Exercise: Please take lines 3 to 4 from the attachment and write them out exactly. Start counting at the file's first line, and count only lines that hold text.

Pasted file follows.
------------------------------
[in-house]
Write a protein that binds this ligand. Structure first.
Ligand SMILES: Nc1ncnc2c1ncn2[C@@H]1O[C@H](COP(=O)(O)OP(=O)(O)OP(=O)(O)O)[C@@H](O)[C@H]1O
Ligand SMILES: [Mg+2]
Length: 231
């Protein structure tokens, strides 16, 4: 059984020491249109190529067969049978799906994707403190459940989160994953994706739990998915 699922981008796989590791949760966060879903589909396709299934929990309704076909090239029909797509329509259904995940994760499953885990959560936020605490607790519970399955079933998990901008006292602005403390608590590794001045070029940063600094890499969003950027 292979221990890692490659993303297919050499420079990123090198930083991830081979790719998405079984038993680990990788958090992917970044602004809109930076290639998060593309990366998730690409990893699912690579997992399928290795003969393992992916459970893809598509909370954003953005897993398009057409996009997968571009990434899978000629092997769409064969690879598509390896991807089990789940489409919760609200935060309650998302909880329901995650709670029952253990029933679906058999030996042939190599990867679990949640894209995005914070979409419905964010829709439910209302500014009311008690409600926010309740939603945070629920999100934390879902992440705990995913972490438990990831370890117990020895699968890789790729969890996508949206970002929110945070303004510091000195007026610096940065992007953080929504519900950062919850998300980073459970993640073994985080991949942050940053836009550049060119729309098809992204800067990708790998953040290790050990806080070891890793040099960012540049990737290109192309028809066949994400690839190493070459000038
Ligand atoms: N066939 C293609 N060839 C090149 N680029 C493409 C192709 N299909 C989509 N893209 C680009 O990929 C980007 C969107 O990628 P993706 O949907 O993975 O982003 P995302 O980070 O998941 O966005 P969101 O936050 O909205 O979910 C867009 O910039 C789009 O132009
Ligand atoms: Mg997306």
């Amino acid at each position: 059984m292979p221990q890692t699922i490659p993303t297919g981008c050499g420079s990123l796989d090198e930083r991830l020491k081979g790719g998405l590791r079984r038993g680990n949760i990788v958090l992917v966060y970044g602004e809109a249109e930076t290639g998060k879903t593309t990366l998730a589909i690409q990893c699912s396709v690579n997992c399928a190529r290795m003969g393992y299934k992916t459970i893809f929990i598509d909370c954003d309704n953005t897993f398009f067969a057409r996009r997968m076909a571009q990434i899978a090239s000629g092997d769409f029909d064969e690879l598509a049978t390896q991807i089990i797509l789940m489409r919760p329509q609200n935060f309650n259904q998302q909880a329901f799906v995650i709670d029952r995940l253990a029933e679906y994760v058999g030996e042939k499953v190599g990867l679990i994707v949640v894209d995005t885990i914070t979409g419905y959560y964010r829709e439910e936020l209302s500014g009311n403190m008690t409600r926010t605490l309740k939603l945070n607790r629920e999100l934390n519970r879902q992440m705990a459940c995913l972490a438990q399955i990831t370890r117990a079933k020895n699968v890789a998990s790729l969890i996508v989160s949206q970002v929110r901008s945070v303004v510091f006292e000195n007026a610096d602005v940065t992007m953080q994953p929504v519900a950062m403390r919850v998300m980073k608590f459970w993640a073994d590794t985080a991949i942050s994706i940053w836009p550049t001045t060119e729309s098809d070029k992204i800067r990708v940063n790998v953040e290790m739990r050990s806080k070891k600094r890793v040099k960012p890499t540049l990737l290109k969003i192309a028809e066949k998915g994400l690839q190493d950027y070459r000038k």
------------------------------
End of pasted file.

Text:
Ligand SMILES: Nc1ncnc2c1ncn2[C@@H]1O[C@H](COP(=O)(O)OP(=O)(O)OP(=O)(O)O)[C@@H](O)[C@H]1O
Ligand SMILES: [Mg+2]